By Dong Na
Recently, the site of Jingtoushan launched the second phase of archaeological excavations.
The site of Jingtoushan was discovered in 2013, and the first phase of archaeological excavations was conducted from 2019 to 2020, yielding significant results that broke through the 7,000-year historical boundary of the Hemudu culture and pushed Ningbo's humanistic history forward by more than 1,000 years further ago. The excavation of a large number of relics of marine elements closely related to human production and life in the coastal environment has made the site of Jingtoushan another prehistoric cultural centerpoint in Zhejiang, and was named one of the "Top 10 New Archaeological Discoveries of 2020 and Six Important Archaeological Discoveries of China", and included in the "Archaeology China" project. The excavations have achieved significant academic value and social impact in the fields of Hemudu culture research, the exploration of the origins of China's maritime culture, and the changes in the marine environment of the world.
The main objective of the second phase of excavation is to search for the houses and associated living remains of the ancient coastal settlement and to explore the on-site conservation and long-term display of the excavated remains. A total of 1,000 square metres of pit work has been carried out by the crew since late 2021. This is the first time in the history of coastal archaeology in China that such a large-scale field work and mode of heritage conservation has been undertaken.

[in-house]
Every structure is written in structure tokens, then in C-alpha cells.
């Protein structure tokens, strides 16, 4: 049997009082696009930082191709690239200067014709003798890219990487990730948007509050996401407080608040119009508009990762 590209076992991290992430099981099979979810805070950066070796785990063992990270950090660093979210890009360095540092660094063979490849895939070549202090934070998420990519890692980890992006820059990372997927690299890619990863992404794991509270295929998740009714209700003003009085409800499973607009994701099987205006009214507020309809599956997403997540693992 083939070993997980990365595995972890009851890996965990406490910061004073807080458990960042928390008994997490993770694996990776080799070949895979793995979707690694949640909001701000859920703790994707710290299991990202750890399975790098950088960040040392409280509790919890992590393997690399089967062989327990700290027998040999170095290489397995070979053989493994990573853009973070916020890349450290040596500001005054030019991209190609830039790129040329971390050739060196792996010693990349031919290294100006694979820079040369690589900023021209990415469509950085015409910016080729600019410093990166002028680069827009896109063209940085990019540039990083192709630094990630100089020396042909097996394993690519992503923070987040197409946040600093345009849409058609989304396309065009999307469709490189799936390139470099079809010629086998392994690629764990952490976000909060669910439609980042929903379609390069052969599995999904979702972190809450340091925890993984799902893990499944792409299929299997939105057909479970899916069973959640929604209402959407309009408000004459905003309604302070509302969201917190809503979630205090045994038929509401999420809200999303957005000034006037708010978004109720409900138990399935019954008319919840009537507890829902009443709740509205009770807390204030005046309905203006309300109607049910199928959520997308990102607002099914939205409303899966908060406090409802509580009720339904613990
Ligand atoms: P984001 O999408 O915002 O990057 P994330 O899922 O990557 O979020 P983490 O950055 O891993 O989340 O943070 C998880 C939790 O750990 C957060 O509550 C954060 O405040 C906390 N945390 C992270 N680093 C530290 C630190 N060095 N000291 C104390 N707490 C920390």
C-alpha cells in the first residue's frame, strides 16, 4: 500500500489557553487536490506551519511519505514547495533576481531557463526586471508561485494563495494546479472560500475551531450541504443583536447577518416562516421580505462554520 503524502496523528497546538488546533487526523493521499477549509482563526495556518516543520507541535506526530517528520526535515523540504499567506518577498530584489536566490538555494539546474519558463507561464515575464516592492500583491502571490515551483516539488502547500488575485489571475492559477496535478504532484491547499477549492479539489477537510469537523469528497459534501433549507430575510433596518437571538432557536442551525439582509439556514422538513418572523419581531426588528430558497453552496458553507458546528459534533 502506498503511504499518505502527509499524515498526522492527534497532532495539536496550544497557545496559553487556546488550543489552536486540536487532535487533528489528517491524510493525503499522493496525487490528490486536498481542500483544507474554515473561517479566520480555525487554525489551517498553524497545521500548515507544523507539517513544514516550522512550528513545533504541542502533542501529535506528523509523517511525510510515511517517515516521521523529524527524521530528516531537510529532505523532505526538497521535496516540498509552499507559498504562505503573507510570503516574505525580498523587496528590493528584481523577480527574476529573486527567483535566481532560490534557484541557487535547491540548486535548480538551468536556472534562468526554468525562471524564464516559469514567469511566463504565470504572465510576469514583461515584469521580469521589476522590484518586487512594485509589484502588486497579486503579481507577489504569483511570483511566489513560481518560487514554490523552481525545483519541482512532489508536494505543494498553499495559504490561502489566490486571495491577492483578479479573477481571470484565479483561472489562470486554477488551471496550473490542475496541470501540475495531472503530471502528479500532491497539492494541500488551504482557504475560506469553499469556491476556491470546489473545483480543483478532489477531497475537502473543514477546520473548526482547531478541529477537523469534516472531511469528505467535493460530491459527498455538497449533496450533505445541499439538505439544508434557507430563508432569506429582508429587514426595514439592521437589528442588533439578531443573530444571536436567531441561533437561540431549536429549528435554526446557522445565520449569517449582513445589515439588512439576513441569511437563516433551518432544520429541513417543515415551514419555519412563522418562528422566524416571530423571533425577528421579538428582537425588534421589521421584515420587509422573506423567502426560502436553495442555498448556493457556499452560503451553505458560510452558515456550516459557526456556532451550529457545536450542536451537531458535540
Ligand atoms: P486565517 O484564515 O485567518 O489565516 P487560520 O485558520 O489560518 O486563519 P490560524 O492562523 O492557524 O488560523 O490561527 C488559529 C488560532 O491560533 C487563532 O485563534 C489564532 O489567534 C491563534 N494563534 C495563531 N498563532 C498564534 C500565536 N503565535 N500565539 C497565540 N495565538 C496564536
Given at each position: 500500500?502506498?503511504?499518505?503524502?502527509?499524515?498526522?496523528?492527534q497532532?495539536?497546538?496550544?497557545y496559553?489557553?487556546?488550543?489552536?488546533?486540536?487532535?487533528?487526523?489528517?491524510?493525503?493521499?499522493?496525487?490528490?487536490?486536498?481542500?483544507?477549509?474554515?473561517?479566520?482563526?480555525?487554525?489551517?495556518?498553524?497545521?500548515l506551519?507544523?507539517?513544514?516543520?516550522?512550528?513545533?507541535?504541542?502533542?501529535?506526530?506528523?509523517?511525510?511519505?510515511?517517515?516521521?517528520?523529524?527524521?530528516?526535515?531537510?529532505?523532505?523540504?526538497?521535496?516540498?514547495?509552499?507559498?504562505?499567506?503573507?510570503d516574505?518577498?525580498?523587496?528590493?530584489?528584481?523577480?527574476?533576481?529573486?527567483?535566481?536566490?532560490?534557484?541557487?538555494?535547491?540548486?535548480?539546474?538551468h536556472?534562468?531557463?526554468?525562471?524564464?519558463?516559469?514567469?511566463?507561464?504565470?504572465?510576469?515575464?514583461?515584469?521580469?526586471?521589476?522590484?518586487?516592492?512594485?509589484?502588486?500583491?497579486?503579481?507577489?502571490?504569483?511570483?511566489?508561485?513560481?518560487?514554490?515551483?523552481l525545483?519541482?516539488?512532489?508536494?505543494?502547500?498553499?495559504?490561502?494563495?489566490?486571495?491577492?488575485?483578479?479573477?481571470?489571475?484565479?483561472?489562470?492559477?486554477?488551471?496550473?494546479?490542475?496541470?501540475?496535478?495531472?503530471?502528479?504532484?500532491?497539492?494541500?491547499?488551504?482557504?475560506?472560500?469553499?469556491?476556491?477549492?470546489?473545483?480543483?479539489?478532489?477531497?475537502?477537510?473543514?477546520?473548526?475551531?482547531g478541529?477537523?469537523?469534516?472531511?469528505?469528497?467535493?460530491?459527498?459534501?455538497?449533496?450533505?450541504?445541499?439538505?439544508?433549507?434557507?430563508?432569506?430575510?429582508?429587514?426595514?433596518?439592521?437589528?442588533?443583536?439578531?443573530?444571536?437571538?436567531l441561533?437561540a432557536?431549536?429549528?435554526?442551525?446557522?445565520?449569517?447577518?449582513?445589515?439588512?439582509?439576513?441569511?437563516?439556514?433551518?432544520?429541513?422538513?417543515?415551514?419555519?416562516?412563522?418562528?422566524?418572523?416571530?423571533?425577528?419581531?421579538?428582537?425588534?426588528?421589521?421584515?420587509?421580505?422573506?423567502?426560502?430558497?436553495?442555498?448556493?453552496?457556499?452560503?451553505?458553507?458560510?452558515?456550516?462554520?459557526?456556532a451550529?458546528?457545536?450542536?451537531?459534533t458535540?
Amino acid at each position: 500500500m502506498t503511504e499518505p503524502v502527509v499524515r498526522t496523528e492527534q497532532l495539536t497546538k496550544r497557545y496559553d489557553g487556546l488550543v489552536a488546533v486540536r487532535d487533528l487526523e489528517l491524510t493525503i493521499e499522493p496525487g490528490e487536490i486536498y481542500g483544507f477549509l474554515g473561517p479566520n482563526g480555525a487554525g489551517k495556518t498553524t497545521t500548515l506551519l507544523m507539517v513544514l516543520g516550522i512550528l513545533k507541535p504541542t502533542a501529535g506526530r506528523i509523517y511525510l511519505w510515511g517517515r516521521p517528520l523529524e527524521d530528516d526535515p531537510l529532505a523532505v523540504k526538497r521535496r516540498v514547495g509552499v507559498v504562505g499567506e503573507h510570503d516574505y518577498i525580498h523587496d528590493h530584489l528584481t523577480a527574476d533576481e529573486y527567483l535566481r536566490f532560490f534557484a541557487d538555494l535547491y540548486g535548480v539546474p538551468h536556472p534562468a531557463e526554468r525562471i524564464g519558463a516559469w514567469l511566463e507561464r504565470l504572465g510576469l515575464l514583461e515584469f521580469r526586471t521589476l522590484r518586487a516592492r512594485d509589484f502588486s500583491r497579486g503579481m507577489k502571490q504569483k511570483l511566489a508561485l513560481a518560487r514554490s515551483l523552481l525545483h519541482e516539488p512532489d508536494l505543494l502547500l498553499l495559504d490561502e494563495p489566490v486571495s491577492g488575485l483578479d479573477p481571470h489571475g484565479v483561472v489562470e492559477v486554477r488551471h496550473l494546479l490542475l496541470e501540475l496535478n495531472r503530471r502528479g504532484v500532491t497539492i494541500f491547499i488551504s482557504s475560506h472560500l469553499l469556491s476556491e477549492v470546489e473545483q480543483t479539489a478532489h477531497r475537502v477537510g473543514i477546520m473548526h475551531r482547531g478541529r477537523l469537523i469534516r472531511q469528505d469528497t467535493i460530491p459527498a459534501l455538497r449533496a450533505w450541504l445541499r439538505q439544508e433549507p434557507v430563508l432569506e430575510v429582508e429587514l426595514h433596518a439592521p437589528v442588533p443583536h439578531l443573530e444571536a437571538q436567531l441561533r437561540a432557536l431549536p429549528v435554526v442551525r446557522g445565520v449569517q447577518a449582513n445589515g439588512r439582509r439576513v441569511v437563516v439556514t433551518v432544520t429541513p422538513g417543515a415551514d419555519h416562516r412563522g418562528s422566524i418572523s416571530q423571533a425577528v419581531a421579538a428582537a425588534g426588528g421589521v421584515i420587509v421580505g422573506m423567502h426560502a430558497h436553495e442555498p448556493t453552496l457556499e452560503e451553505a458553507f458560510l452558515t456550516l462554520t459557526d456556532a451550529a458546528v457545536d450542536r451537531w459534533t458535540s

Similarly structured pits are rarely seen in Chinese inland archaeology, which is dictated by the particular environment in which the Jingtoushan site is buried. Based on the experience of the Phase I excavations, the remains of the Jingtoushan site are 7 to 10 meters deep below the surface and are surrounded by marine deposits, which could easily cause collapse without this structural enclosure.
The Phase II pit is located in the north-west corner of Phase I, near the slope of the hill, as it is close to the foot of the hill and has the potential for the discovery of an architecture of a dry-pen village site. To the northeast of the pit, depending on the results of the drilling, a small dock on the edge of the village may also be found.
Chief Adviser: Zhou Fangzhou
Proofreader: Gou Wen